Chapter15 autonomicns marieb

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  • 1. Ch 15: Autonomic Division of NSCompare and contrast thestructures of the sympathetic andthe parasympathetic divisions,including functions andneurotransmitters.Show the levels of integration inthe ANS, and compare these withthe SNS. Developed by John Gallagher, MS, DVM
  • 2. ANS isallefferent!
  • 3. Overview of ANSPathway for Visceral Motor OutputThe somatic NS uses one effector nerve but the ANS output always involves two neurons between the CNS (brain and spinal cord) and effector. Fig 15.2
  • 4. Overview of ANSANS has two divisions with both structural AND functional differences: 1. Parasympathetic – Rest and Repose 1. Craniosacral output 2. Digestion, “housekeeping” 3. Postganglionic axons release Ach (Cholinergic) 2. Sympathetic- Fight or Flight 1. Thoracolumbar output 2. Heart Rate, Respiration 3. Vasoconstriction 4. Postganglionic axons release NE (Adrenergic)
  • 5. ANS: SomeNomenclature effectorNaming of neurons:Neuron #1: Neuron #2:preganglionic ganglionic effector(presynaptic) (postsynaptic)Preganglionic fiber(=axon): Postganglionic fiberLightly myelinated Unmyelinated
  • 6. 1. Parasympathetic Division Fig 15.3•AKA Craniosacral divisionPreganglionic neurons (cell bodies)located in brain stem & sacralsegments of spinal cord. Cranial Nerves III, VII, IX, X Pupils (III), Lacrimal and Salivary Glands (VII), Viscera (X) Sacral segments S2-4 Bladder, Genitals
  • 7. 1. ParasympatheticDivision, cont’d Ganglionic neurons (cell bodies) in ganglia near target organs: Intramural ganglia Effects of parasympathetic division: R & R Synapses: • All use ACh
  • 8. 1. Parasympathetic Division, cont’dSome functions: Constriction of Pupils (opposite sympathetic) Secretion of Digestive Glands Secretion of Digestive Hormones • Insulin, etc. Visceral Smooth Muscle Defecation and Urination Constriction of Respiratory System, decreases rate Decrease Heart Rate Sexual Arousal
  • 9. Parasympathetic= Craniosacral
  • 10. 1. Parasympathetic Division, SummaryA. Rest and reposeB. Neurons #1 are long, thinly myelinated, come from the brain stem (N III, VII, IX, X) or sacral spinal cord (S2-4), run with the spinal or pelvic nerves and produce ACh.C. Neurons #2 are short, nonmyelinated, produce ACh, and may be either excitatory or inhibitory to muscarinic receptors.D. Mostly control of internal physiology
  • 11. 2. Sympathetic Division Fig 15.3AKA Thoracolumbar divisionPreganglionic neurons (cell bodies) located between T1 & L2 of spinal cordGanglionic neurons (cell bodies) in ganglia near vertebral column, AKA “Chain Ganglia.” Paravertebral ganglia = sympathetic chain ganglia Prevertebral ganglia = collateral gangliaEffects of Sympathetic Division? F or FSpecial case: adrenal medulla is a modified ganglion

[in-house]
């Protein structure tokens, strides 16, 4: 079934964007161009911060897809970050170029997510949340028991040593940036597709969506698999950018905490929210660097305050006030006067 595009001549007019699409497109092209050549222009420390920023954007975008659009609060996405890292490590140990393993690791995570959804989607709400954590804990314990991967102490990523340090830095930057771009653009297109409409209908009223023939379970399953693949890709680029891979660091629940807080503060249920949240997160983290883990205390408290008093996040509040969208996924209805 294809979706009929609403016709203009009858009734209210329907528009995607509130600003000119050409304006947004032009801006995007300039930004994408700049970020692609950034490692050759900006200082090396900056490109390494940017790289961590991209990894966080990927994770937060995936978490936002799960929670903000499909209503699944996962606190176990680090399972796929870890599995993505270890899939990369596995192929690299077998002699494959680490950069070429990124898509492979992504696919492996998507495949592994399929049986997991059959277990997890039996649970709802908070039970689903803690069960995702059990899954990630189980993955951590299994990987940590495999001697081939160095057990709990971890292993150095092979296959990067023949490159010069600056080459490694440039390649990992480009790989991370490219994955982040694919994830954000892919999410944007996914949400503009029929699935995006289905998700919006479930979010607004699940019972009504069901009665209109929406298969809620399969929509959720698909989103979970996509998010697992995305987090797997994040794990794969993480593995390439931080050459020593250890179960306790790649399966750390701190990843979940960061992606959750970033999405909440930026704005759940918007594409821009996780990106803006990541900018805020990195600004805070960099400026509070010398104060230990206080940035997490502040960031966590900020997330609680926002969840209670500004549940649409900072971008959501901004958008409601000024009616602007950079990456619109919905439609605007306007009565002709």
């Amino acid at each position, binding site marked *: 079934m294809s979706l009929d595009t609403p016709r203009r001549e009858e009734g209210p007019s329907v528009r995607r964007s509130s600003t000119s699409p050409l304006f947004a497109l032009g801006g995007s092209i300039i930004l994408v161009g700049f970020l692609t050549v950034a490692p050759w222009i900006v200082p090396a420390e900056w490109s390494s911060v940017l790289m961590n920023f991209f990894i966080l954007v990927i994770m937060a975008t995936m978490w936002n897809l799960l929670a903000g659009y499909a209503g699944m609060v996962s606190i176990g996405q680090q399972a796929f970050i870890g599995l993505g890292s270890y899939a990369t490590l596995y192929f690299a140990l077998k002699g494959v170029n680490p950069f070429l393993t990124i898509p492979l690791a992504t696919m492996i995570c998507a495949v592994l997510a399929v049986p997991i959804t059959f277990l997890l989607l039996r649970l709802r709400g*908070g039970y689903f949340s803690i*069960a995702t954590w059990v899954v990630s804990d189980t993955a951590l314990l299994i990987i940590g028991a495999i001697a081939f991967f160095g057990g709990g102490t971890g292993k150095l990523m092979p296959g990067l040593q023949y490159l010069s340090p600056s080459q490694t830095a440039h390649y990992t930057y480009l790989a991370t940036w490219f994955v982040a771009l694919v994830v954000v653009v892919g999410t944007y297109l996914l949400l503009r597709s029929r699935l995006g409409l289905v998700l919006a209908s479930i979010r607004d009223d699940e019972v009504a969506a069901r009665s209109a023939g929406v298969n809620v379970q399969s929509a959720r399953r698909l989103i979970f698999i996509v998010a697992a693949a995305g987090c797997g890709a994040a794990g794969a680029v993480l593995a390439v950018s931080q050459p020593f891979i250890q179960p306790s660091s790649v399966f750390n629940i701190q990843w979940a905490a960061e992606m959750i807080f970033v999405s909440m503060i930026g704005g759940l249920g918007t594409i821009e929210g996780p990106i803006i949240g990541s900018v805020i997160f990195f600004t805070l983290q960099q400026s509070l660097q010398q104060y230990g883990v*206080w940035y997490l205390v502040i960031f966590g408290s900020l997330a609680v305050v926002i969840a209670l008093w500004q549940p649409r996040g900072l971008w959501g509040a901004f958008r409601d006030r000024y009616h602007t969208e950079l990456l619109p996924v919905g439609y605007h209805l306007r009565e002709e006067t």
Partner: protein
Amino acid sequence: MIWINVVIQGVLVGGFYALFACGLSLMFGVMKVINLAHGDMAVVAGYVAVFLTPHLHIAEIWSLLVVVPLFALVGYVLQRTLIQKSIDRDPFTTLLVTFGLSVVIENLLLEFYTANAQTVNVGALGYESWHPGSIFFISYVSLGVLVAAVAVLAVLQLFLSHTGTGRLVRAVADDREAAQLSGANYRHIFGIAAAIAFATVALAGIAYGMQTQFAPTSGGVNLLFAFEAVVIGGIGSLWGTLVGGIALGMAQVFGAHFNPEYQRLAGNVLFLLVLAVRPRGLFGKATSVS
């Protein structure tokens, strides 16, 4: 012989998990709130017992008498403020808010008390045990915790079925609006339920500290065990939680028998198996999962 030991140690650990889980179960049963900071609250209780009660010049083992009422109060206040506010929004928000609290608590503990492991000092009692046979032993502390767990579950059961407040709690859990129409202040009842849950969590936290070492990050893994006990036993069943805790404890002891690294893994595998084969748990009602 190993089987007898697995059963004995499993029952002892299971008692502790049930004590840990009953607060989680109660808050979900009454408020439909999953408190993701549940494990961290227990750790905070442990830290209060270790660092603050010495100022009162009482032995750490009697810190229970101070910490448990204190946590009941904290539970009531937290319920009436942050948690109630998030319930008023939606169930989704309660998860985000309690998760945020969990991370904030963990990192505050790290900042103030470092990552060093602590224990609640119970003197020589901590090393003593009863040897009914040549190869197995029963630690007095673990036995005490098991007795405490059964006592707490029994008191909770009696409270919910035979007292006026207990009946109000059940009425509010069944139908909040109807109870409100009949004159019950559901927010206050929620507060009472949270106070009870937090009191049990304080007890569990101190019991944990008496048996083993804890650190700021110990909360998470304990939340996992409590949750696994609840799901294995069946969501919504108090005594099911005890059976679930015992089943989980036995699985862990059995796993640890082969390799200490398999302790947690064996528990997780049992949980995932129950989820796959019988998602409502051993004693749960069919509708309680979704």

• 12. 2. Sympathetic Efferent Pathways:Examples Fig 15.11 Fig 15.12
  • 13. 2. SympatheticNeuroeffectorJunctionsDiffer from somaticneuromuscular junctionsVaricosities contain NT
  • 14. Fig. 17-6 Special Case: Adrenal Medulla“Modified sympathetic ganglion”Terminus for neuron #1,stimulates specialized 2nd orderneurons with very short axons inadrenal medulla to release NTinto blood stream (= hormones)Epinephrine (adrenaline) ~ 80%and norepinephrine(noradrenaline)Endocrine effects are longerlasting than nervous systemeffects
  • 15. Sympathetic Receptors (not in book)Alpha (α-)(Smooth muscle in blood vessels)Beta (β-)(Heart, resp tract, skeletal muscle) An enormous number of drugs have their effect at these receptors
  • 16. 2. Summary of Sympathetic DivisionA. Neuron #1 is short, neuron #2 is longB. Synapsing occurs in paravertebral chain ganglia or prevertebral collateral gangliaC. Neuron #1 releases Ach, usually neuron #2 releases NE (“adrenergic”)D. Prepares for emergency action, excitatory to many organs, inhibitory to others ( digestive for example) “F or F”E. Effects are very widespread and somewhat persistent; (not as slow as endocrine system)
  • 17. Dual InnervationEach organ receives innervation from sympathetic and parasympathetic fibersFibers of both divisions meet & commingle at plexuses (fig 17-9) to innervate organs close to those centersNames of plexuses derived from locations or organs involved Fig. 15.6
  • 18. ANSSummary
  • 19. Visceral Sensory The interior monitoring Much of the input via CN X (Vagus) Visceral pain is often perceived as somatic pain—”referred pain.”
  • 20. Horner’s Syndrome Loss of sympathetic innervation to an eye Ptosis Miosis Anhidrosis Causes are varied: tumor, aortic aneurism, trauma
  • 21. Higher Levels of Control Common sense tells us that the ANS isn’t only automatic. “Higher centers” exert significant control over the ANS • Anger => rapid HR • Nervousness => sweat